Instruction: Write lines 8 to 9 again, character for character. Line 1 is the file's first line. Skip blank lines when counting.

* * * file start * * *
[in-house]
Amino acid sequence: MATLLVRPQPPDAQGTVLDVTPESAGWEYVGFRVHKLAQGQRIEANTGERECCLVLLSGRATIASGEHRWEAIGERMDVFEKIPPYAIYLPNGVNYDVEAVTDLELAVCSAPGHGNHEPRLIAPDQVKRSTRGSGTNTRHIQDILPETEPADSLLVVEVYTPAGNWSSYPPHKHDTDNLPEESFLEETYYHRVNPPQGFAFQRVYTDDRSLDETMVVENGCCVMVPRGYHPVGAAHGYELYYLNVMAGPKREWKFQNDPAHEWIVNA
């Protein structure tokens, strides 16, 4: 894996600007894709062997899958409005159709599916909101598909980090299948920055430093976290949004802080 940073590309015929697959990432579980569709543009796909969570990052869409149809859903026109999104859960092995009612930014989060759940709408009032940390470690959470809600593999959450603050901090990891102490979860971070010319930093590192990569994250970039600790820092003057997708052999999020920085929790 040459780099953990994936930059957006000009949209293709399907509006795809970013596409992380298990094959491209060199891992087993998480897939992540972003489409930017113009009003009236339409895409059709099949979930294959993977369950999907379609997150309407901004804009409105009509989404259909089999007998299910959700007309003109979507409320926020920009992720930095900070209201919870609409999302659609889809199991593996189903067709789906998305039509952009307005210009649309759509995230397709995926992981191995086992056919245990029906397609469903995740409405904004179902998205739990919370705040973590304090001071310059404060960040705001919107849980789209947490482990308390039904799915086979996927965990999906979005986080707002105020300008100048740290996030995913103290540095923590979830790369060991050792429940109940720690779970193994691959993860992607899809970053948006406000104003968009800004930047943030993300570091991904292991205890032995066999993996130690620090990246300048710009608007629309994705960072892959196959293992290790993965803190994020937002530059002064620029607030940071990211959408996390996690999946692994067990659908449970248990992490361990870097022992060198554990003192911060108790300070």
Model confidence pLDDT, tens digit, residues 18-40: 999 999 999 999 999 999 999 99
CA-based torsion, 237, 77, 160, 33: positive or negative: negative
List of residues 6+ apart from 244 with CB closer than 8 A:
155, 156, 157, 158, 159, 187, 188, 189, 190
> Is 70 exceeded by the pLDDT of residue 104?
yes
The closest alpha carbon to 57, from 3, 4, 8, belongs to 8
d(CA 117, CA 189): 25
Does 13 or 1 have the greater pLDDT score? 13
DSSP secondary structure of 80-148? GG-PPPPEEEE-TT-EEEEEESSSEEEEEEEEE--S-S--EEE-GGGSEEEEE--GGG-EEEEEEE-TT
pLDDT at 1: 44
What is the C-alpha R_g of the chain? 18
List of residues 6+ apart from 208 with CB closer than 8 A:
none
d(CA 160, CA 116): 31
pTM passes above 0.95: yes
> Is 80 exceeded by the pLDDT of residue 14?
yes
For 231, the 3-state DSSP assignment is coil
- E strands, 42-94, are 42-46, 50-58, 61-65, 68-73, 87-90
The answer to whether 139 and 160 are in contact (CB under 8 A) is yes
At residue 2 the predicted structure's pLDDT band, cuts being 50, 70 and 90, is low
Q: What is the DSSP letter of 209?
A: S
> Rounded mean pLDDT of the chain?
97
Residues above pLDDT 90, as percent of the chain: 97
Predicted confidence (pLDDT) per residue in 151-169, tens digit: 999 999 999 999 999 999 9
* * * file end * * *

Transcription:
> Is 70 exceeded by the pLDDT of residue 104?
yes